3 of My Failures As a Leader

Failure-Is-Not-Final1

I have always aspired to be a great leader. Who would really dream of being mediocre? The problem with leading is this: You can fail.

Failure is a subject that has been written about countless times, so I will not attempt that here. However, I did want to share three areas in which I have "failed successfully".

1. The Lone Ranger

I have the tendency to say things like this:

I can get it done better than someone else. I am more creative, quicker in work procedures, and know exactly what I want in the outcome. I will just do it myself.

"BY MYSELF" is exactly where I ended up in the failed project. The arrogance of the statement above is a sure death to a dream and ultimately death to the actual project.

2. This is a great idea

I have a lot of great ideas. But I also have a lot of forgettable ideas. Let me say it bluntly: I've had a lot of stupid ideas that only I thought were great. It is essential to your success that you surround yourself with others who will bring a lot of reality into your dreamy idea.

3. I trust you

These three words have been spoken as a means to comfort the one speaking those words. Here is a confession to you: If I verbalize my trust in you, it is probably because I DO NOT TRUST YOU. So, I lie. The lie is not to you per say - it is to myself.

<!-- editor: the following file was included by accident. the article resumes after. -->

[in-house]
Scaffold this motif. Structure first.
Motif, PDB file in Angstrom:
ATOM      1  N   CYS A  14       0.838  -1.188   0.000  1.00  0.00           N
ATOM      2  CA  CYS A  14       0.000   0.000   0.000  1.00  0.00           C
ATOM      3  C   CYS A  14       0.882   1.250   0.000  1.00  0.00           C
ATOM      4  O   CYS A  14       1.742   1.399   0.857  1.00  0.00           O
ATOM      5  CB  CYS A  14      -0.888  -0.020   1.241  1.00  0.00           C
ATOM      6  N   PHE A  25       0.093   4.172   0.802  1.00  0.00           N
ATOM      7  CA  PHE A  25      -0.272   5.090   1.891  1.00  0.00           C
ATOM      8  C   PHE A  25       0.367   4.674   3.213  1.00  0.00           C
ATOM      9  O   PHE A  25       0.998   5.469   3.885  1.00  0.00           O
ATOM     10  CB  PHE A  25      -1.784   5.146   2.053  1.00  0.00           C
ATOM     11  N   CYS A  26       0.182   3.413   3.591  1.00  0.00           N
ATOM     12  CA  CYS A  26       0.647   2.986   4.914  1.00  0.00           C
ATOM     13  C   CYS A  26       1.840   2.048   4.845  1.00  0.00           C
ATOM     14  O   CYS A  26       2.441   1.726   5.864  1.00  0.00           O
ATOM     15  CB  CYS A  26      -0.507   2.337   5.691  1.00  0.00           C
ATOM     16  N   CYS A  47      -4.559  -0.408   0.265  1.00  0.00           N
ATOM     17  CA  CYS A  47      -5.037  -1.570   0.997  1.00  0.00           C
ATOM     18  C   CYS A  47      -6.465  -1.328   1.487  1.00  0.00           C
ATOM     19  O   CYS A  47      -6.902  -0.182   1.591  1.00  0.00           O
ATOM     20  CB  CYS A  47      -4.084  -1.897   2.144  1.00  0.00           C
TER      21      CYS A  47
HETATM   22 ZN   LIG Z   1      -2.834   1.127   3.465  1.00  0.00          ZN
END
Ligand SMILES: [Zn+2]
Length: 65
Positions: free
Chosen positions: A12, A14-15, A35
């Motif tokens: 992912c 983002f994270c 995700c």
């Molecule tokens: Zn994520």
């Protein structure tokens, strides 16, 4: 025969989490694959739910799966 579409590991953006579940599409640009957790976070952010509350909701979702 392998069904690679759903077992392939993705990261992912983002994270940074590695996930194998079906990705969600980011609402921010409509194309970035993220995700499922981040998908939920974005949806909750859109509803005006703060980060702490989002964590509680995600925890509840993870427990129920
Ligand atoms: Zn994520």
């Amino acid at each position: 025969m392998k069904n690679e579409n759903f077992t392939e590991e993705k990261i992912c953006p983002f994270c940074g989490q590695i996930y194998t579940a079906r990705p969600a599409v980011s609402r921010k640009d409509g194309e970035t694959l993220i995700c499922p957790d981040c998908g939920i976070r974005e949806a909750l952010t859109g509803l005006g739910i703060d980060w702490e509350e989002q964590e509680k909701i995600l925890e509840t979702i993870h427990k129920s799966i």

This seems to be a trend in a lot people that I know. We say things out loud to try to convince ourselves of what we have spoken. I am happy to say that I have ended this trend in my life. I simply choose to trust those around me or not connect at all.

The fact is this: Trust is something you do, not something you say.

Find people that you can trust - not because you "feel it" but because they have a reputation for being trusted.

I have made many adjustments in my heart and mind over the past two years. Learning to trust has been difficult. It has also shown me ways in which to gain and give trust to others and experience loyalty as a team.

Here are a few ways to ensure loyalty with others: 1. Respect their gifting and services by compensating them well. 2. Be transparent with those around you. Allow them to see your humanity. 3. Promote their services to others.

Question: What are some ways in which you have learned from your failures as a leader?

 

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Posted on May 20, 2011 and filed under Leading.